Source: Zero Hedge
Having been accused, and found guilty, of rigging and manipulating virtually every possible asset class, perhaps it was inevitable that Deutsche Bank, currently on trial in Milan for helping Banca Monte dei Paschi conceal losses (as first reported last October in “Deutsche Bank Charged By Italy For Market Manipulation, Creating False Accounts“) is now facing accusations that it was actually running an international criminal organization at the time.
In the closely watched lawsuit, prosecutors used internal Deutsche Bank documents and emails to persuade a three-judge panel to rule that there were additional, aggravating circumstances to the charges the German lender already faces related to various derivatives transactions. As Bloomberg reported overnight, the material included a London trader’s “well done!” message to a banker who is now on trial.
The reason why prosecutors are seeking expanded charges against the German banking giants is that by allowing prosecutors to argue that the bank’s market manipulation crimes were committed by an organization operating in several countries would lead to higher penalties if they win a conviction.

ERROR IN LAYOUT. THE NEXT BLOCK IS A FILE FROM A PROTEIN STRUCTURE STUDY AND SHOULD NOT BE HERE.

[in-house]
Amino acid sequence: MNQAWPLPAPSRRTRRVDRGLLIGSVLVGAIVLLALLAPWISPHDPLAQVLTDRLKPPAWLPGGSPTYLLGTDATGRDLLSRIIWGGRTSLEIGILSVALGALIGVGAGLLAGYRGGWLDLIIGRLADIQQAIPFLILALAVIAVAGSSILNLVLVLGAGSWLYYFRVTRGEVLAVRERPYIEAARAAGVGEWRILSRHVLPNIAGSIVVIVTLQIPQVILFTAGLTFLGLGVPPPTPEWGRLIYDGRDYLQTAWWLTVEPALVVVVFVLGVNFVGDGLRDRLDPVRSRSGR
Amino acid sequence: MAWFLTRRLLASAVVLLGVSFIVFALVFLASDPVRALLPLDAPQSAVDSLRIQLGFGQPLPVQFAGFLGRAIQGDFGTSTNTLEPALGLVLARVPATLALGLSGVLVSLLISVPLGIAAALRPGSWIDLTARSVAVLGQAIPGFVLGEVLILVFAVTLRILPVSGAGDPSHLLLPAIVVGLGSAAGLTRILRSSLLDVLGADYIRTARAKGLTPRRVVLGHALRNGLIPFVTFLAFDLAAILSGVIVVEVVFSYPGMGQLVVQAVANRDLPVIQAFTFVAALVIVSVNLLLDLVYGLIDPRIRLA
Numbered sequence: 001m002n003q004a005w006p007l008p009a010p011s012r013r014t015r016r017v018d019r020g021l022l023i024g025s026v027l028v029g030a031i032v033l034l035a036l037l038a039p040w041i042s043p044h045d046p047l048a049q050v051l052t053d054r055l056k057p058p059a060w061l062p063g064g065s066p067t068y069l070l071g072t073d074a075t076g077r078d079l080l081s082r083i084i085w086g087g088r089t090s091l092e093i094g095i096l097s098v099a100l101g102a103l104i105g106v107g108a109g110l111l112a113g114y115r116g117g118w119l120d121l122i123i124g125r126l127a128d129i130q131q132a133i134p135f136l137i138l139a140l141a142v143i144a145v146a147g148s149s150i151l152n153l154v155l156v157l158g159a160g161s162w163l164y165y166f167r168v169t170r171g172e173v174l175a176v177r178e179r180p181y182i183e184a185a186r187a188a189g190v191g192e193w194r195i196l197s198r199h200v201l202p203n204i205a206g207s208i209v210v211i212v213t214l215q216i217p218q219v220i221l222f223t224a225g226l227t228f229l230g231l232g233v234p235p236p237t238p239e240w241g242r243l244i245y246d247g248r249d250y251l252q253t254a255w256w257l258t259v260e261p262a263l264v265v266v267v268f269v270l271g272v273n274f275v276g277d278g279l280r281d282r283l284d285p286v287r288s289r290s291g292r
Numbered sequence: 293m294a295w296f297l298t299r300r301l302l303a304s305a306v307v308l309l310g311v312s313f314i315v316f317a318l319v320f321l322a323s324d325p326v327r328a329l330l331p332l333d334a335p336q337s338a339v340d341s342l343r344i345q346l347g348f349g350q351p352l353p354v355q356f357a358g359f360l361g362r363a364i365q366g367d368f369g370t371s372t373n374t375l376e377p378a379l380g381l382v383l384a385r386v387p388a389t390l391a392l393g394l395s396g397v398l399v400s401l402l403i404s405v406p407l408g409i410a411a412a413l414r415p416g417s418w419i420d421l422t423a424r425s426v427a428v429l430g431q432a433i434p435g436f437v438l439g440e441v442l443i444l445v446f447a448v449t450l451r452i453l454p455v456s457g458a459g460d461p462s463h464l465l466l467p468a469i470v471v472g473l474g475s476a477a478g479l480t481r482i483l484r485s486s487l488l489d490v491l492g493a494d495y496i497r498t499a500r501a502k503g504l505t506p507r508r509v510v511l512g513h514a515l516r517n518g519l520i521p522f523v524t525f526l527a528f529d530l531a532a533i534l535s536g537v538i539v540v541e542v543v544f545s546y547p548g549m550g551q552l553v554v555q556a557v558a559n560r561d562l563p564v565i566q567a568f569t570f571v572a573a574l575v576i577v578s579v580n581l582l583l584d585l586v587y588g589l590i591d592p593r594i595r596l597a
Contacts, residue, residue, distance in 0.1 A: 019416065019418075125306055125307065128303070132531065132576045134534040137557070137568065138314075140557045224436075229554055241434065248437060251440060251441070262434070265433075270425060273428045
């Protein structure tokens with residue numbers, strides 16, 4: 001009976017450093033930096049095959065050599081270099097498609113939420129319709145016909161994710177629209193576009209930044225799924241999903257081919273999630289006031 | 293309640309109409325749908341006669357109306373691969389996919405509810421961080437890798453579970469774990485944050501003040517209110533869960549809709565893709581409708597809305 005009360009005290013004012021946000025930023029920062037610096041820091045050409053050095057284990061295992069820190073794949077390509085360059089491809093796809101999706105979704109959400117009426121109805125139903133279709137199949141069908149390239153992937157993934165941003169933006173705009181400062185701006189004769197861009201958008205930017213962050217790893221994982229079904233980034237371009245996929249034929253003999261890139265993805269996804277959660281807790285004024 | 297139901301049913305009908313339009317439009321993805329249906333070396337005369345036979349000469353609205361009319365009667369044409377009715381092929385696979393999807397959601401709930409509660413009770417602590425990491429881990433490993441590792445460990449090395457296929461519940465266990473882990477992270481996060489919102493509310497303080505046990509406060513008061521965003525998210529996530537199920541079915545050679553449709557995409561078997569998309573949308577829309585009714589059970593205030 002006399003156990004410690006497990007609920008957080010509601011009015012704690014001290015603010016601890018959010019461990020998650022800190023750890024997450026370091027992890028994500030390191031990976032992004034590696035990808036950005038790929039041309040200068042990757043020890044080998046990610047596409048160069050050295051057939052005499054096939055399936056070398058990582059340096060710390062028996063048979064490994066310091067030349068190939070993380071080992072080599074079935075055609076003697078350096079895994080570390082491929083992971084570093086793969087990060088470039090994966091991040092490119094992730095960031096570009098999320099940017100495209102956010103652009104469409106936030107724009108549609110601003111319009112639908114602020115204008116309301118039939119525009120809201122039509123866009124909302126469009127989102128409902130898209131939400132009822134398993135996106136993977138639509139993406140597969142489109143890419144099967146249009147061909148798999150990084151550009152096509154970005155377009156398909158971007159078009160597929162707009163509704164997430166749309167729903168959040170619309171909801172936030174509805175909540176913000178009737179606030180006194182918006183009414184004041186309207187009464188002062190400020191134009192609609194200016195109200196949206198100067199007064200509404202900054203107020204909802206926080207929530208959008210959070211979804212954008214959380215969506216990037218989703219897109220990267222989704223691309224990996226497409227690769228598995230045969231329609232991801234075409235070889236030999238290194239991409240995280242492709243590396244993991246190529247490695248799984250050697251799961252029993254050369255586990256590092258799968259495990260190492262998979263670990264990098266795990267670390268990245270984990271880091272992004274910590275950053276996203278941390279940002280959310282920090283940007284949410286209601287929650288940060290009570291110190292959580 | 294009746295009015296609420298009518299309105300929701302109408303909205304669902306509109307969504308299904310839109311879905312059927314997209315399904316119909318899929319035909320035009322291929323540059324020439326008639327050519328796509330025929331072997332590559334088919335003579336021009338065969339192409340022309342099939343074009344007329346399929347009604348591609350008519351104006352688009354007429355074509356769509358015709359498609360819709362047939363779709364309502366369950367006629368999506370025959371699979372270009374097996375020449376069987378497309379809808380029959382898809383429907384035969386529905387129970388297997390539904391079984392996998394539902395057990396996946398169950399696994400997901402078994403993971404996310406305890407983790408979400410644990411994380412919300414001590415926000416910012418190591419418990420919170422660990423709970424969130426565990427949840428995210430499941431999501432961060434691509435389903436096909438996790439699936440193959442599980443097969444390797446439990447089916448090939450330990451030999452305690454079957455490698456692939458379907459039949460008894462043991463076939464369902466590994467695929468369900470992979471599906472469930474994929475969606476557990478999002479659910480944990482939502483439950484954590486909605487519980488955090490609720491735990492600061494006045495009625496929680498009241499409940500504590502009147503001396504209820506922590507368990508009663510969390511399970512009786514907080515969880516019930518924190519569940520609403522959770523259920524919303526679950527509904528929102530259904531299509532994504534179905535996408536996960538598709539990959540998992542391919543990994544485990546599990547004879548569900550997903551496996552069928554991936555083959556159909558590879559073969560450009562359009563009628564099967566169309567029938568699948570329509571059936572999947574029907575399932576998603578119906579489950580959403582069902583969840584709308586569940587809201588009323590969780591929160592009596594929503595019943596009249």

Predictably, Deutsche Bank’s lawyer, Giuseppe Iannaccone, sought to block the move at Tuesday’s hearing, saying there wasn’t a clear connection between the original charge of market manipulation and the alleged aggravating circumstances. “The trial for Deutsche Bank managers becomes more problematic after the judge’s decision,” said Giampiero Biancolella, an attorney specializing in financial crime who isn’t involved in the case. “If proven, the aggravating circumstance may increase the eventual jail sentence for the market manipulation to a maximum of nine years.”
As a reminder, Deutsche Bank and Japan’s Nomura both went on trial in Milan in December, accused of colluding with Monte Paschi to cover up losses that almost toppled the Italian lender before its current battle for survival. Thirteen former managers of Deutsche Bank, Nomura and Monte Paschi were charged for alleged false accounting and market manipulation. Focuing on the German bank, six current and former managers of Deutsche Bank, including Michele Faissola, Michele Foresti and Ivor Dunbar, were charged in Milan last year for colluding to falsify the accounts of Monte Paschi (which itself is so insolvent it recentl got its third state-funded bailout) and manipulate the market.